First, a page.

Gartner says the term refers not only to the breadth of the pallet of tools, but also to all the steps of automation itself (discover, analyse, design, automate, measure, monitor and reassess).  

Understanding the range of automation mechanisms, how they relate to one another and how they can be combined and coordinated is a major focus for hyperautomation, it states. 

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By 2022, 30 per cent of organisations using AI for decision-making will contend with ‘shadow AI’ as the biggest risk to effective and ethical decisions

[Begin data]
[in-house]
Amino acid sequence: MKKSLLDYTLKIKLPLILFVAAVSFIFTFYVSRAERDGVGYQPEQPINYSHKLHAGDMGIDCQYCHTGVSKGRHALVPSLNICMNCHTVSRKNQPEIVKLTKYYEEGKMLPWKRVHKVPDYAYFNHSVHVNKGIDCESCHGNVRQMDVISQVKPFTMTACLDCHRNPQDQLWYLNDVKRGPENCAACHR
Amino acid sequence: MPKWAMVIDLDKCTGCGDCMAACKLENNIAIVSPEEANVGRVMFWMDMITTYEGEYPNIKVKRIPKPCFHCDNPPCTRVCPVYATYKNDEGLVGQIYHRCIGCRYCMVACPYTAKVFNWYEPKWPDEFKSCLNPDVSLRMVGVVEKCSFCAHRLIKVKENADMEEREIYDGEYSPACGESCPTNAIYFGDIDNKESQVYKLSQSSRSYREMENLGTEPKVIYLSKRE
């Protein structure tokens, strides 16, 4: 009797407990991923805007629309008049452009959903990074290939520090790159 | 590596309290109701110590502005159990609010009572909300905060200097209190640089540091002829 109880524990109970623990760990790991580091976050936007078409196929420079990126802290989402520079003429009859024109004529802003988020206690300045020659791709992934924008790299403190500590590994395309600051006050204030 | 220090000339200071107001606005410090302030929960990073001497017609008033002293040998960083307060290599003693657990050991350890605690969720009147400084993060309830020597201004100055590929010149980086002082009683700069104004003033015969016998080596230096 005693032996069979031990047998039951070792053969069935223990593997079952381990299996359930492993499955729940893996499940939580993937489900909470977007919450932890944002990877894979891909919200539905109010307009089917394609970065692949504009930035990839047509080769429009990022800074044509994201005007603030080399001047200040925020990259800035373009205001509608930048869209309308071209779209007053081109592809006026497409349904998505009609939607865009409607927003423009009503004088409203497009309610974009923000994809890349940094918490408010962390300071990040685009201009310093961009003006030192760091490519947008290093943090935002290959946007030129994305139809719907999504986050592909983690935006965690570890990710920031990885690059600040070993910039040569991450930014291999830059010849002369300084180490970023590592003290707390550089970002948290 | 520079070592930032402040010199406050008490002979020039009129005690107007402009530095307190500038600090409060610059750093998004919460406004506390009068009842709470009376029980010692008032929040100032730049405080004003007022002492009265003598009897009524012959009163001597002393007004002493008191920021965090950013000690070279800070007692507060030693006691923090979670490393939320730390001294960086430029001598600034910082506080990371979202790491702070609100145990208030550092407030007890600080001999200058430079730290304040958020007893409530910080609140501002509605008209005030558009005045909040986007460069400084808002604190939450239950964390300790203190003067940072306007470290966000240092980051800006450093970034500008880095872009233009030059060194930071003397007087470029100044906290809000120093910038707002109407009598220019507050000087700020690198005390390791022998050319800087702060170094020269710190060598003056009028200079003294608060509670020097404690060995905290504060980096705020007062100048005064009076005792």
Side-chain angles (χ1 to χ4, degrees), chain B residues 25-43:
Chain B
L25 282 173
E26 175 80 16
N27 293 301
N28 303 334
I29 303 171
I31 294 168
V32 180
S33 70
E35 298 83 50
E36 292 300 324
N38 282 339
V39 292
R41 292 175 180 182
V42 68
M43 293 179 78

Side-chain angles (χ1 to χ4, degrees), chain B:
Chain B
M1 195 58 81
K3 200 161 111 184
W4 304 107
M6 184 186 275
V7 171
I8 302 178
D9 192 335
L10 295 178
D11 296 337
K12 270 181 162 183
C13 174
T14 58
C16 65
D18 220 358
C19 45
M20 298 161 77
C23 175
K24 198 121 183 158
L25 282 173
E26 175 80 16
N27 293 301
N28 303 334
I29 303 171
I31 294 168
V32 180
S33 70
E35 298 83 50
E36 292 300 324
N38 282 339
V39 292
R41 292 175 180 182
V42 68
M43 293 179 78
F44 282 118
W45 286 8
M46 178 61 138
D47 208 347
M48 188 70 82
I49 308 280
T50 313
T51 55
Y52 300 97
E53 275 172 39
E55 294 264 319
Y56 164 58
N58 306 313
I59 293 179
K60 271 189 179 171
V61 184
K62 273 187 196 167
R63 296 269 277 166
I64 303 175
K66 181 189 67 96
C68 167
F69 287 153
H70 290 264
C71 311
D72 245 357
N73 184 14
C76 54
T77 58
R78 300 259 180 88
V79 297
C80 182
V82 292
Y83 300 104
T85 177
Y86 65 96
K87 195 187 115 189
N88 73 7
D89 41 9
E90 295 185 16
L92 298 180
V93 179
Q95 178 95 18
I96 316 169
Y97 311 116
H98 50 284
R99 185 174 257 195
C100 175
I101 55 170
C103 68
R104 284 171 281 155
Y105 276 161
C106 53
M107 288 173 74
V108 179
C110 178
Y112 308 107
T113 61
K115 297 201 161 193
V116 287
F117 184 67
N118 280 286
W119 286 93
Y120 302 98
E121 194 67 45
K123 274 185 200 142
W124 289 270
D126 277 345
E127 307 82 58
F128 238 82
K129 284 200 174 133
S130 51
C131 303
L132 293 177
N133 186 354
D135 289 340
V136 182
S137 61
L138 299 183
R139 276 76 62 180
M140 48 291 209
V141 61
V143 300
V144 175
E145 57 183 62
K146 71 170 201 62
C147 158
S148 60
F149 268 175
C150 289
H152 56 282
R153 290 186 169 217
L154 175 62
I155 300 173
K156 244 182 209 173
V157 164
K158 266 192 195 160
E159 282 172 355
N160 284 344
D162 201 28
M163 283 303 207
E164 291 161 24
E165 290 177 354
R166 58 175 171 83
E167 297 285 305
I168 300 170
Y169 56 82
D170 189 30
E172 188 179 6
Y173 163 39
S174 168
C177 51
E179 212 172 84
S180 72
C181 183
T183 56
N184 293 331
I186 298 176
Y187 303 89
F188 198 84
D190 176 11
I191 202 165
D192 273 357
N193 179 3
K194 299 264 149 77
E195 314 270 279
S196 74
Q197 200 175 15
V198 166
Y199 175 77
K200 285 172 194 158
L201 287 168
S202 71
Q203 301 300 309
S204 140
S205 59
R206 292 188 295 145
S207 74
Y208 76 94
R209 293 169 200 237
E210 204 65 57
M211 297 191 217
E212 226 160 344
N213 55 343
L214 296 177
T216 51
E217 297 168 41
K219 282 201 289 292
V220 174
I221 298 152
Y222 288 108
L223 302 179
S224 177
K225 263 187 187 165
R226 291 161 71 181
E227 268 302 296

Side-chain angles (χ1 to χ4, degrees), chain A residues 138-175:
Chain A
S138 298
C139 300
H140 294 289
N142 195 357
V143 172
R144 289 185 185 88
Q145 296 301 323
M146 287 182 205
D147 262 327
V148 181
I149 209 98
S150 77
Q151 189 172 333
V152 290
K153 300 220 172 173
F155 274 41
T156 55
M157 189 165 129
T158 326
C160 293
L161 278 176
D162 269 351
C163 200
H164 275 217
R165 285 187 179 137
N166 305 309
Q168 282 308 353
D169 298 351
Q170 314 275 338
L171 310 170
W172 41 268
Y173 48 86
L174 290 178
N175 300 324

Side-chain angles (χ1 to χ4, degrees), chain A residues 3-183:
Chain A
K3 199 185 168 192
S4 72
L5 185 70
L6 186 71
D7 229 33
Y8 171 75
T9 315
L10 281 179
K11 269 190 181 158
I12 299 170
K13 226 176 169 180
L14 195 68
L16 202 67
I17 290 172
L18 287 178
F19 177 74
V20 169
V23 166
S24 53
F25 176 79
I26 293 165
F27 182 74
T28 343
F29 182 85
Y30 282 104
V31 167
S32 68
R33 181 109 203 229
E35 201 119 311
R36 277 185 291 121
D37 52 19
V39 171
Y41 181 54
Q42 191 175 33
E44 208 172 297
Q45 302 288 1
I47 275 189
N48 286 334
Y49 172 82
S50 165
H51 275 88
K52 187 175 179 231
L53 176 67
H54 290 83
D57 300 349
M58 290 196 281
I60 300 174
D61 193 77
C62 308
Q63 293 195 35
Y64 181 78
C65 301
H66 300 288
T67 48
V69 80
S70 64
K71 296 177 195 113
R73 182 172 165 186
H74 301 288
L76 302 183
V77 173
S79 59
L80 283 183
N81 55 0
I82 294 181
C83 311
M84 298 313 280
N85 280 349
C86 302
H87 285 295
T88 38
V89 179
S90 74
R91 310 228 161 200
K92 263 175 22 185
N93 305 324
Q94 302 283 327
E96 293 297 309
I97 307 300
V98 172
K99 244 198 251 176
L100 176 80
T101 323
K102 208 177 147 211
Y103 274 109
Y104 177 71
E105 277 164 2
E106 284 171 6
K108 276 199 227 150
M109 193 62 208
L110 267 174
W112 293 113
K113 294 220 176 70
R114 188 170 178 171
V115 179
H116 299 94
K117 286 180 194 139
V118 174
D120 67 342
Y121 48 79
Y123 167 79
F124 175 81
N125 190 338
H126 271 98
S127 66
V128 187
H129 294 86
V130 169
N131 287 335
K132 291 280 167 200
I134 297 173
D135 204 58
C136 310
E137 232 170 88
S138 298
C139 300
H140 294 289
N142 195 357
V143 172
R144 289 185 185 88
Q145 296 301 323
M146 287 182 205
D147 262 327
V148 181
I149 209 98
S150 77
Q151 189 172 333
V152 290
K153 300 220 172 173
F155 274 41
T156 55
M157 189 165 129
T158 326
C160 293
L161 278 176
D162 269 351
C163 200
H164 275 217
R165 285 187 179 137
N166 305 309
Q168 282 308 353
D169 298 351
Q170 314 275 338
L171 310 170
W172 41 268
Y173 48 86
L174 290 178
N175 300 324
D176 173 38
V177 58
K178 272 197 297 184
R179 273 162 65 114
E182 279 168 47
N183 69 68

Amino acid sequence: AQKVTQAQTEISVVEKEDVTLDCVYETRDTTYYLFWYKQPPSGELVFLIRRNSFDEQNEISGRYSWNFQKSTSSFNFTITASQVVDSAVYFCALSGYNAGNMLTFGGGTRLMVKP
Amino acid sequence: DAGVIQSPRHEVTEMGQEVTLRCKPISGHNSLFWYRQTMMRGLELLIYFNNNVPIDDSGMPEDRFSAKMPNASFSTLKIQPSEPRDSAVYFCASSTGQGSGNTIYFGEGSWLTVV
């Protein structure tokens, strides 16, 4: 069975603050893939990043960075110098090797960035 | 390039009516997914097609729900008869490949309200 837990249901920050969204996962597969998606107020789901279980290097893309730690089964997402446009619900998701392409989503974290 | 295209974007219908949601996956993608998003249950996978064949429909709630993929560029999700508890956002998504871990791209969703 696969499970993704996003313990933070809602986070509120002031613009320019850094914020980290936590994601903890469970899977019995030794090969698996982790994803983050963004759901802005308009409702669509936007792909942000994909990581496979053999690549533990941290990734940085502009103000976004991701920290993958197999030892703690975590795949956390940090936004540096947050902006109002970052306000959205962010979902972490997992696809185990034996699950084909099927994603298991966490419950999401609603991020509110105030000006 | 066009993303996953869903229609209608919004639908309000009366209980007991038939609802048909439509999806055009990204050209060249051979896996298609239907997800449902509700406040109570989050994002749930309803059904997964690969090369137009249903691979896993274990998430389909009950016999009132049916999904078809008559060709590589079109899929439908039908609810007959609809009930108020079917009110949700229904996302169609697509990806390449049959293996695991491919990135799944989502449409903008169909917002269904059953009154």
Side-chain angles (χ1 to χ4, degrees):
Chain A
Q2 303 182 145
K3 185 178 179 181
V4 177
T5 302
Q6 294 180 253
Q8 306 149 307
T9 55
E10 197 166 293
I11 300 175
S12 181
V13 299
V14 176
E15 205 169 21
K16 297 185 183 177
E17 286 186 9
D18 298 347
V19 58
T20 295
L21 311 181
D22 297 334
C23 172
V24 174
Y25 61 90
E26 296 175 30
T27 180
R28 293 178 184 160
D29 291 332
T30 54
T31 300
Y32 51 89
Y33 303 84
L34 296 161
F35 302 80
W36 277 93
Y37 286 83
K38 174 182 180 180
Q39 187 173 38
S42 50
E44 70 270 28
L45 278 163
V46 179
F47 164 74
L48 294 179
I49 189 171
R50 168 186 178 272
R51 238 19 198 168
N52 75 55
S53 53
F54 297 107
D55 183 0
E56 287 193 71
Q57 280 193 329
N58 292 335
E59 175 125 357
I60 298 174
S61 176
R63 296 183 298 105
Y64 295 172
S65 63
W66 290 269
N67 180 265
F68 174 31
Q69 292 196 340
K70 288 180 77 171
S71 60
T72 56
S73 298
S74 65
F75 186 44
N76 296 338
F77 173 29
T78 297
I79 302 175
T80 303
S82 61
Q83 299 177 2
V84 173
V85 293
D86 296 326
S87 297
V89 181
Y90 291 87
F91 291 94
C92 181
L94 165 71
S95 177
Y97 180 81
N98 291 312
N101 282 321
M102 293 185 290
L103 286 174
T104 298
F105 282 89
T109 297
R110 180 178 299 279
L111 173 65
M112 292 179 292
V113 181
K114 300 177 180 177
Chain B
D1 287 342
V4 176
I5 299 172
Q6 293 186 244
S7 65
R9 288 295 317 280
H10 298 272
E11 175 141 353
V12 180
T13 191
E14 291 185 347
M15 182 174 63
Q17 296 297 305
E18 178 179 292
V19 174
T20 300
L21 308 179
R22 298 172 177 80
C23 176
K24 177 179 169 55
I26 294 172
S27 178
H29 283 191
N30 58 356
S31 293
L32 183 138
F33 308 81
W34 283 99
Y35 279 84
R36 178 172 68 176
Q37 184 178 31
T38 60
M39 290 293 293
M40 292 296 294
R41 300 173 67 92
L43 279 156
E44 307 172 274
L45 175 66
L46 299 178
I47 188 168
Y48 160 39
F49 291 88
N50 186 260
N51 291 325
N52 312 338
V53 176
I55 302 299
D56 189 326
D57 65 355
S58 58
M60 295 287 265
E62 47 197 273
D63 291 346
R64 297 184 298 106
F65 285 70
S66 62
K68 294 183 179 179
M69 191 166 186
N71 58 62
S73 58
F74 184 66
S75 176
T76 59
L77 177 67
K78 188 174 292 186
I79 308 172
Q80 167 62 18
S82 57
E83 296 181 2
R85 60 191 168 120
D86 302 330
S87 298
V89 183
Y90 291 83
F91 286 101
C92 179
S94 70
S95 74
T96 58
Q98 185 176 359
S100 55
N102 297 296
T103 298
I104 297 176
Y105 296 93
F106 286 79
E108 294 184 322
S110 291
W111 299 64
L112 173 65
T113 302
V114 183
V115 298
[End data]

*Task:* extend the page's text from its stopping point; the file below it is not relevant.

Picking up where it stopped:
Gartner says this trend was kicked off with robotic process automation (RPA). However, it states, RPA alone is not hyperautomation.  

Hyperautomation requires a combination of tools to help support replicating pieces of where the human is involved in a task. 

Gartner says to derive the full benefits of hyperautomation, organisations need an overarching view across their functional and process silos.  

“Indeed, developing more and more sophisticated models is akin to developing a digital twin of an organisation,” it states. 


Through 2028, the user experience will undergo a significant shift in how users perceive the digital world and how they interact with it, reports Gartner.

Conversational platforms are changing the way in which people interact with the digital world. Virtual reality (VR), augmented reality (AR) and mixed reality (MR) are changing the way in which people perceive the digital world. This combined shift in both perception and interaction models leads to the future multisensory and multimodal experience.